by Lee Wyatt
(last updated June 15, 2018)
Part of reducing interior noise levels lies in understanding where these noise levels come from. While it may be easy to say that they come from the television, radio, or even the kids, this isn't entirely correct. In large part, the design of the home plays a huge role in how noisy it is. The shapes, sizes, ceiling heights, and arrangement of the room and their contents can all greatly affect the way that noise acts in a home. Typically, there is little that can be done in this particular area to help in reducing interior noise other than rebuilding or substantially modifying the house.
It's not just the way that the house is designed though that can be blamed for interior noise levels, the other reason is actually sound. Simply put, sound can either be absorbed or reflected. In the cases of a home that is an echo chamber, there is little absorption, which in turn reduces interior noise levels. With homes that have large amounts of hard floors, or are designed in certain ways, there is generally a lot of reflection. This means that the sound persists and is echoed and transmitted throughout the home, room to room. Hence, a noise that is generated in one room, can easily be heard in all of the others.
If you have the money, a good engineer or contract or even an interior designer can take a look at such situations, appraise it, and deliver some recommendations. These recommendations can help to mitigate the problem, or even (if you are lucky) eliminate it. However, this option is generally very expensive, and one that should only be relied upon as a last resort.
For those that are faced with a home that has a lot of hard surfaces, and not a whole lot of money, there are a few options that you can use. The first thing to do is remember that angles and hard surfaces can often act like the cushions on a billiard table, which tends to "reflect" a billiard ball that hits them. The simplest solution is to therefore break up these hard, reflective surfaces by adding soft, cushiony surfaces that will help absorb the sound and kill the echoes and transmission of the sound. Just by doing this you will be able to greatly reduce the interior noise level of your home.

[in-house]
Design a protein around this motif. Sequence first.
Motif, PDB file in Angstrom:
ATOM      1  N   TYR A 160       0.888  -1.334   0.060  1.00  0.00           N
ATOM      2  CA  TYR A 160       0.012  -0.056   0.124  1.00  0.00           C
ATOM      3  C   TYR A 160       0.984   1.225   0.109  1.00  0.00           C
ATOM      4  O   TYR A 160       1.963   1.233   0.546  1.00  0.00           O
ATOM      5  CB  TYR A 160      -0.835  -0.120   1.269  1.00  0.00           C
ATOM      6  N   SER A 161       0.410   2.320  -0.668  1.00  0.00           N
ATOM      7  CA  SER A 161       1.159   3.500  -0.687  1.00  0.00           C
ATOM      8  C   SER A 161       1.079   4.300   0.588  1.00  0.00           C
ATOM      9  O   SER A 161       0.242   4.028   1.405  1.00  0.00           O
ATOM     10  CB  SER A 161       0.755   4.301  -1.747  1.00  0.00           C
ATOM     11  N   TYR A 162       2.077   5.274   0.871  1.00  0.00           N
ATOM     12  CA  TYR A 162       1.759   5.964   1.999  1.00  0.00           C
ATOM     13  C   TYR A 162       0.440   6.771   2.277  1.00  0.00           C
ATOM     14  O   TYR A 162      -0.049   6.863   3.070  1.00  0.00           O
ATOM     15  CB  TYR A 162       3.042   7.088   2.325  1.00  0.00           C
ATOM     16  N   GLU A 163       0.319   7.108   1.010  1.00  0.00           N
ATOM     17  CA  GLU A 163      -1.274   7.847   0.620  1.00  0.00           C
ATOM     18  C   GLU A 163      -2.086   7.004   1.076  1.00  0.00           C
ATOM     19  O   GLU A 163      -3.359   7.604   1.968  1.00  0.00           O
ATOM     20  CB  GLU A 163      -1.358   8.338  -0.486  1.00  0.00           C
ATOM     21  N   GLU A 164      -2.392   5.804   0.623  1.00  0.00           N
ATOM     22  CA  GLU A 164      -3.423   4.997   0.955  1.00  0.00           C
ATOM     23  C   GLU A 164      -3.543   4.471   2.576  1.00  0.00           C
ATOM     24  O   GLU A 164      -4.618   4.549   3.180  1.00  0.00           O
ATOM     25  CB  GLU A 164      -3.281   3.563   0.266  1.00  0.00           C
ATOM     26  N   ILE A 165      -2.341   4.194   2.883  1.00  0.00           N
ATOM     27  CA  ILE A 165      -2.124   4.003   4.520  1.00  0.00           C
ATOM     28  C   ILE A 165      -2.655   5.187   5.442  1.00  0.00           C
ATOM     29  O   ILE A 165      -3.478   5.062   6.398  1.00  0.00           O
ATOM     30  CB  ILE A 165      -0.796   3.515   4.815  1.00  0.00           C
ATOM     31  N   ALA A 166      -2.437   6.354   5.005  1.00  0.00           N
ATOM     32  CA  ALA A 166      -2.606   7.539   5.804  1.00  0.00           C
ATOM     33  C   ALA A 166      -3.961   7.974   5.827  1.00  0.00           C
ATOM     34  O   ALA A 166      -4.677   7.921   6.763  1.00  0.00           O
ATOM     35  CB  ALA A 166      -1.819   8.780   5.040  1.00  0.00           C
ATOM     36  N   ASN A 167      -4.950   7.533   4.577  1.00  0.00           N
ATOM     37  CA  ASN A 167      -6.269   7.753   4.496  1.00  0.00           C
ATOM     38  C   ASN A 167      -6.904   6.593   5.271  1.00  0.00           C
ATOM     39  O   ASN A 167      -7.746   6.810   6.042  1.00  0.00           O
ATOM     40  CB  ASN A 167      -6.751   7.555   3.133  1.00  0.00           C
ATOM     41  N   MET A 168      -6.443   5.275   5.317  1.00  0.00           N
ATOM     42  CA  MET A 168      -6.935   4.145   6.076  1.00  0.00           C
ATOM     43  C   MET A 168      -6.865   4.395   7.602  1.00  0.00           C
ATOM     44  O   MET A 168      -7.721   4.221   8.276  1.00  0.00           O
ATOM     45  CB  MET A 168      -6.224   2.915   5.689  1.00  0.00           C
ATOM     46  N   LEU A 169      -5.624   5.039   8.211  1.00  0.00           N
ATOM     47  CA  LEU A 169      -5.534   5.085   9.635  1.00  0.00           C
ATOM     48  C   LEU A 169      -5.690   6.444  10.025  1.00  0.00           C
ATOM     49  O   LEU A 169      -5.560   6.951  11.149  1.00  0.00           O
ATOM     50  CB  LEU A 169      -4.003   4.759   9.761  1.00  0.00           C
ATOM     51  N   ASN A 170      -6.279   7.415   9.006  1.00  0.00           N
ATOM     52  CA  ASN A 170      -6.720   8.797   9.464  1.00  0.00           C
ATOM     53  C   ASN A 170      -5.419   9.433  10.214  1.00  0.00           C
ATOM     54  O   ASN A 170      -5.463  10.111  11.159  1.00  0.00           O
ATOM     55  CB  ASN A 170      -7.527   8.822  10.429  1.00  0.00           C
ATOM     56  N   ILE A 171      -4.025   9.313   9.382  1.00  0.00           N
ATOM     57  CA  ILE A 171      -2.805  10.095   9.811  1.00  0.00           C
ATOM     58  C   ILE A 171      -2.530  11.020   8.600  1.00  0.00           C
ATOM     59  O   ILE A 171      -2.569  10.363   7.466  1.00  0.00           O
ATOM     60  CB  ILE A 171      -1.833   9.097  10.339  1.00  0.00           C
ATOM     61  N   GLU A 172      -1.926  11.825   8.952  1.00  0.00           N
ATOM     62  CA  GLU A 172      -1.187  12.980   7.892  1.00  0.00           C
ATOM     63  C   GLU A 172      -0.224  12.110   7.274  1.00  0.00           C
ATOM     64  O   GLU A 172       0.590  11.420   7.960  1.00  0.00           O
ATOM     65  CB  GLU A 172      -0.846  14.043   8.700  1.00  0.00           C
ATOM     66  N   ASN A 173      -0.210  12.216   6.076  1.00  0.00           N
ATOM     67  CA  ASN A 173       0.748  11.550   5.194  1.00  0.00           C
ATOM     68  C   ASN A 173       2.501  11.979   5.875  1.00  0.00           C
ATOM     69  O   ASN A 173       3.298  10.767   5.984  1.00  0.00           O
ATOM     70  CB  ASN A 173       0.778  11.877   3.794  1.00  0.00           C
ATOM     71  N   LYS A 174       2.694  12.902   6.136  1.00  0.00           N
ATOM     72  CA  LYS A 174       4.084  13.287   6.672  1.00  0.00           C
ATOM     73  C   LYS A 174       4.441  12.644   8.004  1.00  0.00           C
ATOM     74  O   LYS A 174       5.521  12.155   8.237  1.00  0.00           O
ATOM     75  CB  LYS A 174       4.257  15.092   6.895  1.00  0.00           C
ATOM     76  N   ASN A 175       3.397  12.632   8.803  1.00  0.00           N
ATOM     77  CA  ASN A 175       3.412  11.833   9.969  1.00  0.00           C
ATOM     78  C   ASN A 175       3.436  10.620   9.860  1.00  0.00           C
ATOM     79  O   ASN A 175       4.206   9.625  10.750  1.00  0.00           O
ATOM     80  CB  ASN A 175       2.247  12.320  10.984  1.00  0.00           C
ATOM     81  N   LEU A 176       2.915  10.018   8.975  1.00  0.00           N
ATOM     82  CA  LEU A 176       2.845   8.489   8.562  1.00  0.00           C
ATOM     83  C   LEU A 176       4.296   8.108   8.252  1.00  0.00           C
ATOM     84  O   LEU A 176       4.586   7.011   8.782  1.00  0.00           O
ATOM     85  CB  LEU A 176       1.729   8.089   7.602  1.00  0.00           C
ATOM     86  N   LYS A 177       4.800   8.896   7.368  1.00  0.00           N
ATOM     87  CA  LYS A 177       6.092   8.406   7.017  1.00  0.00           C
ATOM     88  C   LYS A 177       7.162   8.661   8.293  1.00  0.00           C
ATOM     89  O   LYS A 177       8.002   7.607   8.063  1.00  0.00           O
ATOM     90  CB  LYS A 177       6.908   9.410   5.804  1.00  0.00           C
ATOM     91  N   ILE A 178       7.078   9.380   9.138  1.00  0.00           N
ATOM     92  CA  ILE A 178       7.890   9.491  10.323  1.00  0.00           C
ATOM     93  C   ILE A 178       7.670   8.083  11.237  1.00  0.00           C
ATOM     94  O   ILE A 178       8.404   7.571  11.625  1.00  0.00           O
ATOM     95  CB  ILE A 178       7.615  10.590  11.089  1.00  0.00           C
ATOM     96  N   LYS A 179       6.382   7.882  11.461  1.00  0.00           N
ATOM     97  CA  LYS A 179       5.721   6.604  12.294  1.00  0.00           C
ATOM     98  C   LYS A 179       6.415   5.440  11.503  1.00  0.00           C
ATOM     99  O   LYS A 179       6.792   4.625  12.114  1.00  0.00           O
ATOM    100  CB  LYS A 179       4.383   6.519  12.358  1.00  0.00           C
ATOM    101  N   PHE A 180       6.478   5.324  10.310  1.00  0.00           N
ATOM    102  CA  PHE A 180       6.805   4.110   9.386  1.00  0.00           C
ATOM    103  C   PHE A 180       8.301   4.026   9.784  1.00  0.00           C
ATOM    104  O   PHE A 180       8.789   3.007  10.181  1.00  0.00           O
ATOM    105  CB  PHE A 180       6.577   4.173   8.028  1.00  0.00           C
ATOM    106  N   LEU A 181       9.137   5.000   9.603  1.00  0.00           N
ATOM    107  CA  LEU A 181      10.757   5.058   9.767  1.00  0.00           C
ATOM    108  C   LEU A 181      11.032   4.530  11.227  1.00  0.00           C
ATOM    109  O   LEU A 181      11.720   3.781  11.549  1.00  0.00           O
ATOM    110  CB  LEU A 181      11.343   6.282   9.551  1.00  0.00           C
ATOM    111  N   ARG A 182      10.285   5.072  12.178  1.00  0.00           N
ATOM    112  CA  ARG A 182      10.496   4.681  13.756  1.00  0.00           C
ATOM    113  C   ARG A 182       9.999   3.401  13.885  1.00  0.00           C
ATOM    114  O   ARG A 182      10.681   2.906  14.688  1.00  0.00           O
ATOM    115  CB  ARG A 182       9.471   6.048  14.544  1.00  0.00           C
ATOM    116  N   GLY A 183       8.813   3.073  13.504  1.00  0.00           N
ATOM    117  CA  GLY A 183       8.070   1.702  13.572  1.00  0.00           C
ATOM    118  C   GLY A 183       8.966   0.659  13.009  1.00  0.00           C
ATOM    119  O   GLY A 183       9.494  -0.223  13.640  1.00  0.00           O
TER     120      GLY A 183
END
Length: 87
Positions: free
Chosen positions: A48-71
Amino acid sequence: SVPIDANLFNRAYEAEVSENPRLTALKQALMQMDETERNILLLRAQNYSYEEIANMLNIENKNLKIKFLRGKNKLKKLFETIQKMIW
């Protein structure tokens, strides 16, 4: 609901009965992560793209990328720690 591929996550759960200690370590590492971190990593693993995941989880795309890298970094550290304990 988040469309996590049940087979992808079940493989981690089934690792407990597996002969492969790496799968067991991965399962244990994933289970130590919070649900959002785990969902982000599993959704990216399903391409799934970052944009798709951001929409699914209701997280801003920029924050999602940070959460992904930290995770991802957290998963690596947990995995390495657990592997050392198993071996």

Carpets, rugs, cushions, velvety cloth wallpapers, corkboard, acoustic ceiling tiles, heavy folded cloth drapes and curtains, and insulated walls can all help an awful lot in reducing interior noise. Typically small rooms reflect noise less, while the opposite is true for larger rooms. This means that larger rooms may need to be "broken up." This can be done in a variety of ways, for instance you could use cloth screens to help create more "rooms" out of the single larger room. Using tapestries hung on the back of bookcases can also do the same thing. In the end, simply rearranging the furniture and appliances can have a huge impact. Try rearranging a few of the items in your home and see if that works in reducing interior noise levels.
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